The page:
Changes to the EU anti-dumping and anti-subsidy legislation seem likely following a proposal from the European Commission. Eric Davies reports.

The recent proposal from the European Commission seeks to amend two existing acts: EU Regulation 2016/1036 on protection against dumped imports from countries that are not members of the EU (the Basic Anti-dumping Regulation) and EU Regulation 2016/1037 on protection against subsidised imports from countries that are not members of the EU (the Basic Anti-subsidy Regulation).

Trade defence

The move aims to ensure that the EU’s trade defence instruments are able to cope with current realities in the international trading environment, particularly overcapacities which can lead exporters to dump their products on the EU market. Dumping can cause damage to industries in Europe, including job losses and factory closures.

At the same time, EU rules on trade defence must respect the Union’s international obligations within the legal framework of the World Trade Organization (WTO).


The Commission has proposed a new method for calculating dumping on imports from countries where there are significant market distortions, or where the state has a pervasive influence on the economy.

Under current EU rules, dumping is generally calculated by comparing the export price of a product to the EU with the domestic prices or costs of the product in the exporting country.

The Commission’s proposals would retain this approach but would also introduce a new, country-neutral methodology. The new approach would apply in the same way to all WTO members and take into account significant distortions in certain countries due to state influence in the economy.

Analogue country procedure

Under the proposals, members of the WTO would no longer be subject to the analogue country procedure. (The procedure is used to model the costs of production in a non-market economy by substituting data from a country in which the general capacity and type of production closely approximates that of a country under investigation. It thus allows investigators to establish what production costs of a particular product might be if it were made in a country where market economy conditions prevailed.)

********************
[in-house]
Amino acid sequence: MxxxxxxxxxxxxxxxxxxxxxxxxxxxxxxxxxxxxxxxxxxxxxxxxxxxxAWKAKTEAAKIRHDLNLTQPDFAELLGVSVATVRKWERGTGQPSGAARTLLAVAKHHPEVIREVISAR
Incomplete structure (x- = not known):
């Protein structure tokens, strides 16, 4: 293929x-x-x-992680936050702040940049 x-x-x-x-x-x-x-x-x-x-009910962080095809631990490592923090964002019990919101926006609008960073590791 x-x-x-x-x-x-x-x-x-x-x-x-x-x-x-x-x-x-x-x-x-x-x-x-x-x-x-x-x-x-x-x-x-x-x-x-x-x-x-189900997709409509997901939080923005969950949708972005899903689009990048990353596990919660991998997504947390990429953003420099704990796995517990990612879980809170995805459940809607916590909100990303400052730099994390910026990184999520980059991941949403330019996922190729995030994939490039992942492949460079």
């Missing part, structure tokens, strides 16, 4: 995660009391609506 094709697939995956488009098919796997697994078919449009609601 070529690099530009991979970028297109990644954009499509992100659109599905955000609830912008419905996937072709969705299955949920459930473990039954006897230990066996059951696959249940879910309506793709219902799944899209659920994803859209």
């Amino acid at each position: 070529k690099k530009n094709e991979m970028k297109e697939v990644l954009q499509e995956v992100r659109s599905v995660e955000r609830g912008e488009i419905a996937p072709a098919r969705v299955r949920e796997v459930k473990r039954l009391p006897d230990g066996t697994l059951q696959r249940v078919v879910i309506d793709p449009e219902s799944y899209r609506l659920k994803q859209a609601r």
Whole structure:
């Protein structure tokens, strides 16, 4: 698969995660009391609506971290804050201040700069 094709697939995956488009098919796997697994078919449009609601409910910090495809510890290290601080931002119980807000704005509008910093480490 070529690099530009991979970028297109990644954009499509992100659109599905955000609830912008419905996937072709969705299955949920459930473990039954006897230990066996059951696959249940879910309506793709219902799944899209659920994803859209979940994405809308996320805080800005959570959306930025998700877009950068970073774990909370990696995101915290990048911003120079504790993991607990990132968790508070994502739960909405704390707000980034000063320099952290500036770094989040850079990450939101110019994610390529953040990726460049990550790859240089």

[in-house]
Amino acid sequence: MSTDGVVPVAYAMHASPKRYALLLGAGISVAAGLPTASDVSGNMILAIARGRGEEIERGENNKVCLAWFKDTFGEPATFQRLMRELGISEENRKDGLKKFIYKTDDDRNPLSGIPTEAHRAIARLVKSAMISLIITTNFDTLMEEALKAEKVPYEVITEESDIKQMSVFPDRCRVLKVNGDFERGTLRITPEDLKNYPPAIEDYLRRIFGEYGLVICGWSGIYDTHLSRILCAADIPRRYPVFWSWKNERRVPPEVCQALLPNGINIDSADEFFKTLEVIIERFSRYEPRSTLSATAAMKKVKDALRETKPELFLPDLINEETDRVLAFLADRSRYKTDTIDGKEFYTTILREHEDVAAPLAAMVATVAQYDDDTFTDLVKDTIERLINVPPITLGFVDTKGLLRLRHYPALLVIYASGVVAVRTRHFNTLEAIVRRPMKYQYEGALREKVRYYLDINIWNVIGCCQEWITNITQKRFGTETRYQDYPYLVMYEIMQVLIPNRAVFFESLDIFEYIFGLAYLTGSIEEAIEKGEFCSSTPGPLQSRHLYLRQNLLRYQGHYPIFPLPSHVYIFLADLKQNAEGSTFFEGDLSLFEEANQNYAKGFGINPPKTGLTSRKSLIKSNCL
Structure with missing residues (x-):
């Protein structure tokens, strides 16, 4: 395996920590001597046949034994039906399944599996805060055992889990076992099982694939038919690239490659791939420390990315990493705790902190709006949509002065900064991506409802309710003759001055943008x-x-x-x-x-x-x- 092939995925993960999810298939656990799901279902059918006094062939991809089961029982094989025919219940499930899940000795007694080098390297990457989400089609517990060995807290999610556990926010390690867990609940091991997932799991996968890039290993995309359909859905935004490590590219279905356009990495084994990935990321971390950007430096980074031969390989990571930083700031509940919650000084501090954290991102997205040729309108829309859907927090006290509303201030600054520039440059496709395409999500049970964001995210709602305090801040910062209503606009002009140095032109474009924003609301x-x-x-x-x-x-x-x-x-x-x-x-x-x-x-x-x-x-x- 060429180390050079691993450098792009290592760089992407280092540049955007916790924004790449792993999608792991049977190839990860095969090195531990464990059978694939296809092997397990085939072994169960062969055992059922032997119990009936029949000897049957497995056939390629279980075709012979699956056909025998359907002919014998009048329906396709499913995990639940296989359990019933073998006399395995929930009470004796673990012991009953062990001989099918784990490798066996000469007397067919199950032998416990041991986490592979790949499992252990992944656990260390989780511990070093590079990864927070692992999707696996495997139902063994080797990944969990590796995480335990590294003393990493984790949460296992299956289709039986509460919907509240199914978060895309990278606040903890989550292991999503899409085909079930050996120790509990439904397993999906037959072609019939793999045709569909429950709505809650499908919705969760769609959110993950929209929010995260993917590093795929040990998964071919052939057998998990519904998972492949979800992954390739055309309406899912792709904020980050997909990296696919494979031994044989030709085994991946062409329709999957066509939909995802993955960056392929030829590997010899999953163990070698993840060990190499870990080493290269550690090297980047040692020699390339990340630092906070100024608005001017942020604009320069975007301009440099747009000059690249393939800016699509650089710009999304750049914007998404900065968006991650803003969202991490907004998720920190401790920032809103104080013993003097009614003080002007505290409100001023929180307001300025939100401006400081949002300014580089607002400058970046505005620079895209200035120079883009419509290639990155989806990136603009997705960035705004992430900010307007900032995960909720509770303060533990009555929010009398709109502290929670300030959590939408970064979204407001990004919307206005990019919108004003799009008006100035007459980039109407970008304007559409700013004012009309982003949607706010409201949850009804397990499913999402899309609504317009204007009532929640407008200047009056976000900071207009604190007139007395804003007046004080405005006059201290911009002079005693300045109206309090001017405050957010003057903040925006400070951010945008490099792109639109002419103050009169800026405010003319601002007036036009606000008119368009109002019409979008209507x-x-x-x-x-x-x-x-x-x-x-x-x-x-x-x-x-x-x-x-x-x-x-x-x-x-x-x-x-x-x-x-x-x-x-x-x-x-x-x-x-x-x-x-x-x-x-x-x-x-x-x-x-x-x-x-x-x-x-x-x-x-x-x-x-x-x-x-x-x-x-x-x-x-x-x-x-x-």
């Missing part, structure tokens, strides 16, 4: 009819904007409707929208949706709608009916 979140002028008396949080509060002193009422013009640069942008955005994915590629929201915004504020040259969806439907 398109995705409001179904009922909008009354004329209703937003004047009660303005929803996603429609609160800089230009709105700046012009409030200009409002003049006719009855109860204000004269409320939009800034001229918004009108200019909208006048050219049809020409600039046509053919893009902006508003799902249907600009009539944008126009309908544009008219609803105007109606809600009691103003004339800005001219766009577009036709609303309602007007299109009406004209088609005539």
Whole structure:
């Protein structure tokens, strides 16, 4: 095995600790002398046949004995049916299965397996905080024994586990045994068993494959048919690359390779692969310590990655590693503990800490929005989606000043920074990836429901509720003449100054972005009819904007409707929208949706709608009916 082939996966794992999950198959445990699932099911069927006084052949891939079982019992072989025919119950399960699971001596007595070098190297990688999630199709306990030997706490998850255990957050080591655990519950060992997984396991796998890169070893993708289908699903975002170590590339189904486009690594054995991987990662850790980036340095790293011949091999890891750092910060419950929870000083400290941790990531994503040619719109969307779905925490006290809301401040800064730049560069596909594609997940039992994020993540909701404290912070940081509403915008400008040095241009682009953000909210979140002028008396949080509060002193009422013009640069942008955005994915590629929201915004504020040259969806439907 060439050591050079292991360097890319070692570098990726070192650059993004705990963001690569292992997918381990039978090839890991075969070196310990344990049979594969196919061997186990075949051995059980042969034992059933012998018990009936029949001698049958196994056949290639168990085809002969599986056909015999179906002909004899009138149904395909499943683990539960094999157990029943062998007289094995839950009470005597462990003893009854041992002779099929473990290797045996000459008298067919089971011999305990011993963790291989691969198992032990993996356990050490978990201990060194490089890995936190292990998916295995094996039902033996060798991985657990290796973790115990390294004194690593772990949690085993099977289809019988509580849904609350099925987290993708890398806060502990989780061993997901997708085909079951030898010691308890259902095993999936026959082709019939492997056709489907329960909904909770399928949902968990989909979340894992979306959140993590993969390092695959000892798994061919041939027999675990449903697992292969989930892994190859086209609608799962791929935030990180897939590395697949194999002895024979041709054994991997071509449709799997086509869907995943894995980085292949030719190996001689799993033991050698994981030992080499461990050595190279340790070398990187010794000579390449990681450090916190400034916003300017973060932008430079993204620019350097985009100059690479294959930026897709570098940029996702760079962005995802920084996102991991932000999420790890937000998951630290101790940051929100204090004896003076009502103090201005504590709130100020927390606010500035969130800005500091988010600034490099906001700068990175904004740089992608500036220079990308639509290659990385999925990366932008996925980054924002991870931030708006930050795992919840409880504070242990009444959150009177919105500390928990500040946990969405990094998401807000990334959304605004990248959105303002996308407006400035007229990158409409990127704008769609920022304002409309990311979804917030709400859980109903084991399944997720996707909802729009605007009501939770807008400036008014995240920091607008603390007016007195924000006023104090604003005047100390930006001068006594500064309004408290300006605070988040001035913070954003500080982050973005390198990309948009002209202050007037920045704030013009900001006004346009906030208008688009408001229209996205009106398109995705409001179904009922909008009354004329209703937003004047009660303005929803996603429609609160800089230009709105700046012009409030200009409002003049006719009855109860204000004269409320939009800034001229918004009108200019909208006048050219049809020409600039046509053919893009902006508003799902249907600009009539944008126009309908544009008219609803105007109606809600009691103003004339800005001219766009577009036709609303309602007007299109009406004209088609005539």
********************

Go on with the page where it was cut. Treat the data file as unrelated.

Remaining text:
Discrimination in favour of domestic companies and the independence of the financial sector would be among the criteria used by the Commission to determine distortions in trade.

The Commission’s proposals foresee the analogue country methodology being reserved for use in investigations concerning non-market economy countries that are not members of the WTO.

An impact assessment carried out by the Commission suggests that the new methodology would result in anti-dumping duties being imposed at a level broadly equivalent to the current rate.


It will be up to EU firms to file complaints when unfair trade is suspected. The Commission does, however, intend to compile reports on specific countries or sectors, describing the particular circumstances and highlighting any market distortions. Such reports would then become part of any anti-dumping investigation into a country or sector. EU firms would be able to use information in the reports to support their case when lodging a complaint or requesting a review.


When anti-subsidy investigations are launched, the actual magnitude of subsidies is not always clear says the Commission. Investigations sometimes reveal that exporters have benefitted from subsidies that would not otherwise have come to light. The changes proposed by the Commission therefore seek to ensure that the value of any additional subsidies found during an investigation can be included in the relevant anti-subsidy measure.

Further information

Published as COM(2016) 721, the draft Regulation amending EU Regulation 2016/1036 and EU Regulation 2016/1037 is available at the EUR-Lex website.

Additional information on EU trade defence issues is available at the EC Trade website.

Last reviewed 18 November 2016